The Bruins, who advanced to Omaha despite dropping the first game of the best-of-three Super Regional to Cal St.-Fullerton, posted an unheard of 2.97 team ERA and have a rotation, anchored by Rob Rasmussen, Trevor Bauer and Gerrit Cole that rivals any in the nation. Rasmussen most recently pitched a complete game gem as the Bruins defeated Fullerton 8-1 in Game 3 of the Super Regional. Runners up in the loaded Pac-10 Conference, the Bruins are battle-tested enough to scare any opponent they might run into.


Why they won’t:


College baseball is fond of its high-scoring slugfests, but although they managed to win 48 games in 2010 their leading power hitters—first baseman Dean Espy, third baseman Cody Regis and catcher Steve Rodriguez—were only able to notch eight home runs apiece.


Like Florida, the Bruins are also ending a long CWS drought—surprising, no?—having not been to Omaha since 1997, and have an extremely young roster consisting of 25 freshmen and sophomores. This seems to be the classic case of the team that has to learn what it takes to compete in Omaha and should be primed for a stronger campaign next year. It is also worth noting that in their most prominent series of the season, they were swept at home by Arizona St., who outscored them 23-5 in three games.



Florida St. (47-18)


Why they’ll win:


Legendary Mike Martin is in his 30th season at the helm for the ‘Noles and is heading to Omaha for a 14th time, and he’s bringing his offense with him. Outfielder Mike McGee, one of the nation’s most feared power hitters, and center fielder Tyler Holt, one of the game’s top leadoff men, jump-start a lineup that scored an astounding 527 runs (8.1 per game).


McGee, the team’s stud closer (12 saves, 1.37 ERA) might even be a better pitcher than hitter. A veteran team, FSU has had a lot of success away from the friendly confines of Dick Howser Stadium, going 8-1 at neutral sites, which is exactly what Rosenblatt Stadium will be.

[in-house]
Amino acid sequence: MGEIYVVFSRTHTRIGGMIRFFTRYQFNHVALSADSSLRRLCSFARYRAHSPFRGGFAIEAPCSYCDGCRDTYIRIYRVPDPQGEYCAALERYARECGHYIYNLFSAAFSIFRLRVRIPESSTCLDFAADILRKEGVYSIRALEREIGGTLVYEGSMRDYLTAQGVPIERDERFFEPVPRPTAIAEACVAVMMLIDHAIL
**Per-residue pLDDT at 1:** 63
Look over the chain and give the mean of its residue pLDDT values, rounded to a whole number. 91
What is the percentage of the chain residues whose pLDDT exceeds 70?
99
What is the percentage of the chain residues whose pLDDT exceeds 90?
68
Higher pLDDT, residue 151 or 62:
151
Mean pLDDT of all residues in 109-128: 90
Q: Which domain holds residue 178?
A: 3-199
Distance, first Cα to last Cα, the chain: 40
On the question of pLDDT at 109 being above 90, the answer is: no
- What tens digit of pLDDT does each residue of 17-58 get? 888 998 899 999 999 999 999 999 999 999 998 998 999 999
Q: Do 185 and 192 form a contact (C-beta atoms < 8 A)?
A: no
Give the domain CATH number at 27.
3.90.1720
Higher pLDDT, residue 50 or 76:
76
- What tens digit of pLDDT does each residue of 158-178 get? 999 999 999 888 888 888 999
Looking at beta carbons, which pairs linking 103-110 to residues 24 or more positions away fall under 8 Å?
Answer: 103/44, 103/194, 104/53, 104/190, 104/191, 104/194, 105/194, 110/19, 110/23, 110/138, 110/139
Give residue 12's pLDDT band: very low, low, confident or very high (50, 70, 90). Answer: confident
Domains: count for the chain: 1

Why they won’t:


The Seminoles are making an impressive 20th CWS appearance, but have never brought a national championship to Tallahassee. Additionally, the ‘Noles are utterly devoid of a shutdown starter. The guys who have started the most games this season—Geoff Parker, Sean Gilmartin and John Gast—have pedestrian-at-best ERAs of 4.85, 4.89 and 5.61 respectively.


McGee, Holt, and Co. can score runs, but can they do enough against the nation’s best pitchers to offset a dearth of pitching that almost cost them the Super Regional, where they failed to hold Vanderbilt to fewer than six runs in any game?



South Carolina (47-15)


Why they’ll win:


After losing four of their last five games against ACC competition, the Gamecocks rebounded and have not lost since, going 3-0 in their Regional and registering a two-game sweep of fourth ranked Coastal Carolina on the road in the Super Regional.


Freshman first baseman Christian Walker adds pop to a solid—if not spectacular—lineup that includes stellar outfielders Whit Merrifield and Jackie Bradley, Jr. Hard-throwing right-hander Blake Cooper (2.81 ERA, 105 strikeouts) anchors a rotation that got better as the season progressed and finished with a surprising 21-9 record in the SEC.


Why they won’t:


Making their first CWS appearance since 2004, the Gamecocks don’t appear to have any major weaknesses on their roster. They also don’t appear to have that “it” factor—the power hitter who can carry a team, the shutdown reliever who can pick up the key three inning save, or the outfield defense that can take runs away—that teams need to beat the best in Omaha.


Pitching consistency has been an issue all season—only Cooper and Sam Dyson (4.35 ERA), have made more than nine starts—and the back end of the bullpen, led by closer Matt Price and setup man Jose Mata, has reached higher-than-desirable innings totals. The Cocks have been able to mix and match their way to 47 wins thanks to good fundamental baseball, but it takes a better than good effort to go all the way in Omaha.



Oklahoma (49-16)


Why they’ll win:


The last team to punch their ticket to Omaha, the Sooners shellacked tournament favorite Virginia 11-0 to win their Super Regional’s rubber game in Charlottesville. The Sooners bashed 96 home runs this season, led by all-conference third baseman Garrett Buechele (16 HRs), leftfielder Max White (15) and first baseman Cameron Seitzer (14).